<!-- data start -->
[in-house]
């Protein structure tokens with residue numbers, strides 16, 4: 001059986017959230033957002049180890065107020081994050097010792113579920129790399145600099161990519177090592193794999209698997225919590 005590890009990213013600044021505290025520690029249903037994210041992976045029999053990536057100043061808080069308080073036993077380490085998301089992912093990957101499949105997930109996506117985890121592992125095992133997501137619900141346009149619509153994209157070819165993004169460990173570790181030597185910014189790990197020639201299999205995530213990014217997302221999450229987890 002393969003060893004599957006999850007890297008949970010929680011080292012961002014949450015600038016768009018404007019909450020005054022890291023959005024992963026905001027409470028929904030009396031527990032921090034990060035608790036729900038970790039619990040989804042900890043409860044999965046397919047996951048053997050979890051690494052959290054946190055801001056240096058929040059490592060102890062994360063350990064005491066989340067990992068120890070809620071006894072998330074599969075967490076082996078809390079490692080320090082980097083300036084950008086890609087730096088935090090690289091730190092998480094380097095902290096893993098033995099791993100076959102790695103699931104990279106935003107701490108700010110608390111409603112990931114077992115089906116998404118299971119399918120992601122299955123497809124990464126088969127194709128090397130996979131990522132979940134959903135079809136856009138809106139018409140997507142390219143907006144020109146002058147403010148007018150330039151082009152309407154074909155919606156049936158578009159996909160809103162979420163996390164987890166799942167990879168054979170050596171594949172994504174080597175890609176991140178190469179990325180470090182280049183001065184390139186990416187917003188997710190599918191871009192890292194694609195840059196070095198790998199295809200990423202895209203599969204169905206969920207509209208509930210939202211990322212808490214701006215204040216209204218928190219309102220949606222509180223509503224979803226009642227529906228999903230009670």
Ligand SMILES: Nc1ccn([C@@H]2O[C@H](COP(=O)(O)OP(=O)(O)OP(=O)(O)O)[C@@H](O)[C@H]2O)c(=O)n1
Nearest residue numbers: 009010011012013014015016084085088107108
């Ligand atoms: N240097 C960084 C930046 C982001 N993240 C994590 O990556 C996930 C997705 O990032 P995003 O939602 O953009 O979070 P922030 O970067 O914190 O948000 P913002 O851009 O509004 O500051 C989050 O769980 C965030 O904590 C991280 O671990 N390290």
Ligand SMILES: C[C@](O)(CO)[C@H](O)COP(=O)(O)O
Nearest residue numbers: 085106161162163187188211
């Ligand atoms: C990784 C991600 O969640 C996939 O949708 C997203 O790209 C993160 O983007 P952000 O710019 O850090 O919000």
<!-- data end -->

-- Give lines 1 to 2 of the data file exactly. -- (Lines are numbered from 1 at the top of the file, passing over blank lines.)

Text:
[in-house]
């Protein structure tokens with residue numbers, strides 16, 4: 001059986017959230033957002049180890065107020081994050097010792113579920129790399145600099161990519177090592193794999209698997225919590 005590890009990213013600044021505290025520690029249903037994210041992976045029999053990536057100043061808080069308080073036993077380490085998301089992912093990957101499949105997930109996506117985890121592992125095992133997501137619900141346009149619509153994209157070819165993004169460990173570790181030597185910014189790990197020639201299999205995530213990014217997302221999450229987890 002393969003060893004599957006999850007890297008949970010929680011080292012961002014949450015600038016768009018404007019909450020005054022890291023959005024992963026905001027409470028929904030009396031527990032921090034990060035608790036729900038970790039619990040989804042900890043409860044999965046397919047996951048053997050979890051690494052959290054946190055801001056240096058929040059490592060102890062994360063350990064005491066989340067990992068120890070809620071006894072998330074599969075967490076082996078809390079490692080320090082980097083300036084950008086890609087730096088935090090690289091730190092998480094380097095902290096893993098033995099791993100076959102790695103699931104990279106935003107701490108700010110608390111409603112990931114077992115089906116998404118299971119399918120992601122299955123497809124990464126088969127194709128090397130996979131990522132979940134959903135079809136856009138809106139018409140997507142390219143907006144020109146002058147403010148007018150330039151082009152309407154074909155919606156049936158578009159996909160809103162979420163996390164987890166799942167990879168054979170050596171594949172994504174080597175890609176991140178190469179990325180470090182280049183001065184390139186990416187917003188997710190599918191871009192890292194694609195840059196070095198790998199295809200990423202895209203599969204169905206969920207509209208509930210939202211990322212808490214701006215204040216209204218928190219309102220949606222509180223509503224979803226009642227529906228999903230009670």